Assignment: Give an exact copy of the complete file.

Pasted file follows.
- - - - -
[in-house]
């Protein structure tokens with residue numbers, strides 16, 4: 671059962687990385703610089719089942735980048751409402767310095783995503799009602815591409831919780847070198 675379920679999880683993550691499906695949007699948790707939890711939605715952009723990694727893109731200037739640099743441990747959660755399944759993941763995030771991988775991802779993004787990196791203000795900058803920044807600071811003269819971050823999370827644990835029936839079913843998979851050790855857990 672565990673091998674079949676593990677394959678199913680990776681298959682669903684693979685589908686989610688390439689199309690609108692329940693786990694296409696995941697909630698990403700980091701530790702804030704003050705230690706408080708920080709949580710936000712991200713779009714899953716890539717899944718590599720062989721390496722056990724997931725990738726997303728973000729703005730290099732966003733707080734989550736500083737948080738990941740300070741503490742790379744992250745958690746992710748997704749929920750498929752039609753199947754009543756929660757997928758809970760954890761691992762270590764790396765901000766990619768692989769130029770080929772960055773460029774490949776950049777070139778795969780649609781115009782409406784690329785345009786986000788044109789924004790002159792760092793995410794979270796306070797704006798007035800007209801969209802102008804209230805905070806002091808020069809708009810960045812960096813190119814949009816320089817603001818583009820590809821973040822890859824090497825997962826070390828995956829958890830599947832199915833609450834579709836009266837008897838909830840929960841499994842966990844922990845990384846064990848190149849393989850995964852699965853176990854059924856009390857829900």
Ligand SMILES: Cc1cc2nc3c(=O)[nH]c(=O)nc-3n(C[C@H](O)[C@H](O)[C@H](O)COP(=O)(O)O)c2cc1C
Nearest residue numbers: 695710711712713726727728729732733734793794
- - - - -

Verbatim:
[in-house]
């Protein structure tokens with residue numbers, strides 16, 4: 671059962687990385703610089719089942735980048751409402767310095783995503799009602815591409831919780847070198 675379920679999880683993550691499906695949007699948790707939890711939605715952009723990694727893109731200037739640099743441990747959660755399944759993941763995030771991988775991802779993004787990196791203000795900058803920044807600071811003269819971050823999370827644990835029936839079913843998979851050790855857990 672565990673091998674079949676593990677394959678199913680990776681298959682669903684693979685589908686989610688390439689199309690609108692329940693786990694296409696995941697909630698990403700980091701530790702804030704003050705230690706408080708920080709949580710936000712991200713779009714899953716890539717899944718590599720062989721390496722056990724997931725990738726997303728973000729703005730290099732966003733707080734989550736500083737948080738990941740300070741503490742790379744992250745958690746992710748997704749929920750498929752039609753199947754009543756929660757997928758809970760954890761691992762270590764790396765901000766990619768692989769130029770080929772960055773460029774490949776950049777070139778795969780649609781115009782409406784690329785345009786986000788044109789924004790002159792760092793995410794979270796306070797704006798007035800007209801969209802102008804209230805905070806002091808020069809708009810960045812960096813190119814949009816320089817603001818583009820590809821973040822890859824090497825997962826070390828995956829958890830599947832199915833609450834579709836009266837008897838909830840929960841499994842966990844922990845990384846064990848190149849393989850995964852699965853176990854059924856009390857829900």
Ligand SMILES: Cc1cc2nc3c(=O)[nH]c(=O)nc-3n(C[C@H](O)[C@H](O)[C@H](O)COP(=O)(O)O)c2cc1C
Nearest residue numbers: 695710711712713726727728729732733734793794